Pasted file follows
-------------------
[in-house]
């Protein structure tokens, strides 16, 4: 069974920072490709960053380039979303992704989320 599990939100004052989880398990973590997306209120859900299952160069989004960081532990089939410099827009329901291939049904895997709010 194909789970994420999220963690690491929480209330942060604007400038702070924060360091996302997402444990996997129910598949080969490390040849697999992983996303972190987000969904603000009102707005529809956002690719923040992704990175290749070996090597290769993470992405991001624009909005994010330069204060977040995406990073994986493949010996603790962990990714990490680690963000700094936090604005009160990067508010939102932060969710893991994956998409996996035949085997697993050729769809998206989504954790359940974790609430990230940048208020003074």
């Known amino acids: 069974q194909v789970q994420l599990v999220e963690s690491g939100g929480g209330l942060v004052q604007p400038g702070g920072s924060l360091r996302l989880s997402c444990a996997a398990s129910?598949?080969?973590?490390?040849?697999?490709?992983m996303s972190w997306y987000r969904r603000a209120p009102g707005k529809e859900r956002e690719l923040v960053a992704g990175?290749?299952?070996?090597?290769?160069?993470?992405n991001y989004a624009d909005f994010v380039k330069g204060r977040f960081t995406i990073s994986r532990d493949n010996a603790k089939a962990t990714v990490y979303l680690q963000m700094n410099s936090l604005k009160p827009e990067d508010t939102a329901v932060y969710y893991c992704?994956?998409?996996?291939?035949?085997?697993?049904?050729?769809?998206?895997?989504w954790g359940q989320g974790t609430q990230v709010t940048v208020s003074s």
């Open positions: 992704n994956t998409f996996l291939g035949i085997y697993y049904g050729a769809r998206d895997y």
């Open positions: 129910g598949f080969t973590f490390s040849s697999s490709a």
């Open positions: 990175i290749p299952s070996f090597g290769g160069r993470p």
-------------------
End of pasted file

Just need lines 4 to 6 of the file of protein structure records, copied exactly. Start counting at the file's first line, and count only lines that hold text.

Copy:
């Open positions: 992704n994956t998409f996996l291939g035949i085997y697993y049904g050729a769809r998206d895997y």
């Open positions: 129910g598949f080969t973590f490390s040849s697999s490709a």
């Open positions: 990175i290749p299952s070996f090597g290769g160069r993470p």